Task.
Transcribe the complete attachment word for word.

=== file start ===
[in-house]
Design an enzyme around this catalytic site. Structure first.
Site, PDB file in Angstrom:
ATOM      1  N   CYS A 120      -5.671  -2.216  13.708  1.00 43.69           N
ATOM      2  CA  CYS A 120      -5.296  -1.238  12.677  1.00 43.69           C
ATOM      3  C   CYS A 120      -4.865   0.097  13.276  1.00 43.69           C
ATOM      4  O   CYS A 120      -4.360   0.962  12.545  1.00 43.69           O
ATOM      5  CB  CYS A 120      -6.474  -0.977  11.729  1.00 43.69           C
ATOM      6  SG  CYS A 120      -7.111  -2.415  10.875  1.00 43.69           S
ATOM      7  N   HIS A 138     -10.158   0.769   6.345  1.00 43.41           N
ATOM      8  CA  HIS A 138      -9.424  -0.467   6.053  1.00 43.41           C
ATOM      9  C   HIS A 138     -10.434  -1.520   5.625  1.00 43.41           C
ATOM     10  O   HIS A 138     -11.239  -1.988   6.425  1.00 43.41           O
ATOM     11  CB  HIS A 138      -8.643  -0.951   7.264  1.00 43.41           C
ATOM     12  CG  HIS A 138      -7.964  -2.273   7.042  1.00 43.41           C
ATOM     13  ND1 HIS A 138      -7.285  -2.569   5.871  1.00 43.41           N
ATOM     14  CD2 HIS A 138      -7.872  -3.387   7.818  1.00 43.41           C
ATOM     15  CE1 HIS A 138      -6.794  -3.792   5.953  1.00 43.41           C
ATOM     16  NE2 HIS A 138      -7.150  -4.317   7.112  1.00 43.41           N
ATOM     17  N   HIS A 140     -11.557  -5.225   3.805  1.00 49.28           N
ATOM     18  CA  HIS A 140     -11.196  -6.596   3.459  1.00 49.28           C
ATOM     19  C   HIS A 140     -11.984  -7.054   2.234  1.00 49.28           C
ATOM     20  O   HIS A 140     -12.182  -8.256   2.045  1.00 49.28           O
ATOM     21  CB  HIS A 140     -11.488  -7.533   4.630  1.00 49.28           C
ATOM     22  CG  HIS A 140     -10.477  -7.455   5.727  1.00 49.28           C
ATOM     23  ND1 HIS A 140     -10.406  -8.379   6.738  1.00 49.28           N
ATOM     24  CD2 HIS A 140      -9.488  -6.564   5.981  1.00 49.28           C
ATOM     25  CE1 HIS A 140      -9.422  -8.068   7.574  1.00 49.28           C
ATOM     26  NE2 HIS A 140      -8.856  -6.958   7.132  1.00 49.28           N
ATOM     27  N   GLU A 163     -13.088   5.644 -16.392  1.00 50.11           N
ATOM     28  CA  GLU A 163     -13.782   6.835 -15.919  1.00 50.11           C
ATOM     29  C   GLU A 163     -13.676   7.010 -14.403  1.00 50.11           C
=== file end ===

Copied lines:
[in-house]
Design an enzyme around this catalytic site. Structure first.
Site, PDB file in Angstrom:
ATOM      1  N   CYS A 120      -5.671  -2.216  13.708  1.00 43.69           N
ATOM      2  CA  CYS A 120      -5.296  -1.238  12.677  1.00 43.69           C
ATOM      3  C   CYS A 120      -4.865   0.097  13.276  1.00 43.69           C
ATOM      4  O   CYS A 120      -4.360   0.962  12.545  1.00 43.69           O
ATOM      5  CB  CYS A 120      -6.474  -0.977  11.729  1.00 43.69           C
ATOM      6  SG  CYS A 120      -7.111  -2.415  10.875  1.00 43.69           S
ATOM      7  N   HIS A 138     -10.158   0.769   6.345  1.00 43.41           N
ATOM      8  CA  HIS A 138      -9.424  -0.467   6.053  1.00 43.41           C
ATOM      9  C   HIS A 138     -10.434  -1.520   5.625  1.00 43.41           C
ATOM     10  O   HIS A 138     -11.239  -1.988   6.425  1.00 43.41           O
ATOM     11  CB  HIS A 138      -8.643  -0.951   7.264  1.00 43.41           C
ATOM     12  CG  HIS A 138      -7.964  -2.273   7.042  1.00 43.41           C
ATOM     13  ND1 HIS A 138      -7.285  -2.569   5.871  1.00 43.41           N
ATOM     14  CD2 HIS A 138      -7.872  -3.387   7.818  1.00 43.41           C
ATOM     15  CE1 HIS A 138      -6.794  -3.792   5.953  1.00 43.41           C
ATOM     16  NE2 HIS A 138      -7.150  -4.317   7.112  1.00 43.41           N
ATOM     17  N   HIS A 140     -11.557  -5.225   3.805  1.00 49.28           N
ATOM     18  CA  HIS A 140     -11.196  -6.596   3.459  1.00 49.28           C
ATOM     19  C   HIS A 140     -11.984  -7.054   2.234  1.00 49.28           C
ATOM     20  O   HIS A 140     -12.182  -8.256   2.045  1.00 49.28           O
ATOM     21  CB  HIS A 140     -11.488  -7.533   4.630  1.00 49.28           C
ATOM     22  CG  HIS A 140     -10.477  -7.455   5.727  1.00 49.28           C
ATOM     23  ND1 HIS A 140     -10.406  -8.379   6.738  1.00 49.28           N
ATOM     24  CD2 HIS A 140      -9.488  -6.564   5.981  1.00 49.28           C
ATOM     25  CE1 HIS A 140      -9.422  -8.068   7.574  1.00 49.28           C
ATOM     26  NE2 HIS A 140      -8.856  -6.958   7.132  1.00 49.28           N
ATOM     27  N   GLU A 163     -13.088   5.644 -16.392  1.00 50.11           N
ATOM     28  CA  GLU A 163     -13.782   6.835 -15.919  1.00 50.11           C
ATOM     29  C   GLU A 163     -13.676   7.010 -14.403  1.00 50.11           C